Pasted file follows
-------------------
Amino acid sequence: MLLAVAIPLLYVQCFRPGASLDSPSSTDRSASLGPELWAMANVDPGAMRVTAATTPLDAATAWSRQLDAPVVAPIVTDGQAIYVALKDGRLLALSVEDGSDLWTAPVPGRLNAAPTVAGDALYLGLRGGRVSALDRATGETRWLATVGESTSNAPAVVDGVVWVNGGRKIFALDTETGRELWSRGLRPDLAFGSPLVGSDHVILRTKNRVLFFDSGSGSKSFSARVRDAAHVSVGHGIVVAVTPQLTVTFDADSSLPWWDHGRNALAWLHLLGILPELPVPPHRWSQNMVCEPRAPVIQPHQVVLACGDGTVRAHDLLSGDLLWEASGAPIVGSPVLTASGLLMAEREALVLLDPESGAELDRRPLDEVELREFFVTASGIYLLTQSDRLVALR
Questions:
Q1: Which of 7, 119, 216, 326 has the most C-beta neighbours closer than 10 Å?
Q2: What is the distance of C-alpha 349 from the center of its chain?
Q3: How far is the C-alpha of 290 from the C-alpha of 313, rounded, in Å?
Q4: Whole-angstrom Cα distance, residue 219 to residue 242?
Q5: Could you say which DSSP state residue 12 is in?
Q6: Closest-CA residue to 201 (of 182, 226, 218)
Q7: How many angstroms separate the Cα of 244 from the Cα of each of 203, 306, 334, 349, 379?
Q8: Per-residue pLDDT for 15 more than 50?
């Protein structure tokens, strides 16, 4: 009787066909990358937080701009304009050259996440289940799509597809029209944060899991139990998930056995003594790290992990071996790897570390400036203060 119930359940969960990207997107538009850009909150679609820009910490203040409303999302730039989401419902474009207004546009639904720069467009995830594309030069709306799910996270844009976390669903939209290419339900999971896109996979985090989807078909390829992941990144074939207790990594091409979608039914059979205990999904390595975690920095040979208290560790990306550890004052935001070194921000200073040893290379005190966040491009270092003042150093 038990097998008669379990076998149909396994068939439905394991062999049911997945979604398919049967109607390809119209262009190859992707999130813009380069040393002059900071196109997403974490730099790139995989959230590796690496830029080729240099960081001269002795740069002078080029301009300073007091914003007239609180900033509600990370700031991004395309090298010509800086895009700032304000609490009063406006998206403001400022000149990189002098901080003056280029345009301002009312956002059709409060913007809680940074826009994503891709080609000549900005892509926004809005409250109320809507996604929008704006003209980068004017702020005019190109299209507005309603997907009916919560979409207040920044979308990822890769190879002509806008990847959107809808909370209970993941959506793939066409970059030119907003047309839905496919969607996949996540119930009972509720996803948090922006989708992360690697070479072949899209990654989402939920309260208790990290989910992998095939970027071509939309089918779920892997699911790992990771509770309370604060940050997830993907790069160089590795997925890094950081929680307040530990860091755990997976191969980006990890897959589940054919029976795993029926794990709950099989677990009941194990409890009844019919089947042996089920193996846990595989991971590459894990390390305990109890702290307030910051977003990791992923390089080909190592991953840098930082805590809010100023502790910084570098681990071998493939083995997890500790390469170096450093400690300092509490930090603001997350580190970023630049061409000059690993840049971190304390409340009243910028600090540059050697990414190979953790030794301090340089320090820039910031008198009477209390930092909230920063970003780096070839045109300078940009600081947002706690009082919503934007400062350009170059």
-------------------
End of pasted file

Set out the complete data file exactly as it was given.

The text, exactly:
Amino acid sequence: MLLAVAIPLLYVQCFRPGASLDSPSSTDRSASLGPELWAMANVDPGAMRVTAATTPLDAATAWSRQLDAPVVAPIVTDGQAIYVALKDGRLLALSVEDGSDLWTAPVPGRLNAAPTVAGDALYLGLRGGRVSALDRATGETRWLATVGESTSNAPAVVDGVVWVNGGRKIFALDTETGRELWSRGLRPDLAFGSPLVGSDHVILRTKNRVLFFDSGSGSKSFSARVRDAAHVSVGHGIVVAVTPQLTVTFDADSSLPWWDHGRNALAWLHLLGILPELPVPPHRWSQNMVCEPRAPVIQPHQVVLACGDGTVRAHDLLSGDLLWEASGAPIVGSPVLTASGLLMAEREALVLLDPESGAELDRRPLDEVELREFFVTASGIYLLTQSDRLVALR
Questions:
Q1: Which of 7, 119, 216, 326 has the most C-beta neighbours closer than 10 Å?
Q2: What is the distance of C-alpha 349 from the center of its chain?
Q3: How far is the C-alpha of 290 from the C-alpha of 313, rounded, in Å?
Q4: Whole-angstrom Cα distance, residue 219 to residue 242?
Q5: Could you say which DSSP state residue 12 is in?
Q6: Closest-CA residue to 201 (of 182, 226, 218)
Q7: How many angstroms separate the Cα of 244 from the Cα of each of 203, 306, 334, 349, 379?
Q8: Per-residue pLDDT for 15 more than 50?
């Protein structure tokens, strides 16, 4: 009787066909990358937080701009304009050259996440289940799509597809029209944060899991139990998930056995003594790290992990071996790897570390400036203060 119930359940969960990207997107538009850009909150679609820009910490203040409303999302730039989401419902474009207004546009639904720069467009995830594309030069709306799910996270844009976390669903939209290419339900999971896109996979985090989807078909390829992941990144074939207790990594091409979608039914059979205990999904390595975690920095040979208290560790990306550890004052935001070194921000200073040893290379005190966040491009270092003042150093 038990097998008669379990076998149909396994068939439905394991062999049911997945979604398919049967109607390809119209262009190859992707999130813009380069040393002059900071196109997403974490730099790139995989959230590796690496830029080729240099960081001269002795740069002078080029301009300073007091914003007239609180900033509600990370700031991004395309090298010509800086895009700032304000609490009063406006998206403001400022000149990189002098901080003056280029345009301002009312956002059709409060913007809680940074826009994503891709080609000549900005892509926004809005409250109320809507996604929008704006003209980068004017702020005019190109299209507005309603997907009916919560979409207040920044979308990822890769190879002509806008990847959107809808909370209970993941959506793939066409970059030119907003047309839905496919969607996949996540119930009972509720996803948090922006989708992360690697070479072949899209990654989402939920309260208790990290989910992998095939970027071509939309089918779920892997699911790992990771509770309370604060940050997830993907790069160089590795997925890094950081929680307040530990860091755990997976191969980006990890897959589940054919029976795993029926794990709950099989677990009941194990409890009844019919089947042996089920193996846990595989991971590459894990390390305990109890702290307030910051977003990791992923390089080909190592991953840098930082805590809010100023502790910084570098681990071998493939083995997890500790390469170096450093400690300092509490930090603001997350580190970023630049061409000059690993840049971190304390409340009243910028600090540059050697990414190979953790030794301090340089320090820039910031008198009477209390930092909230920063970003780096070839045109300078940009600081947002706690009082919503934007400062350009170059």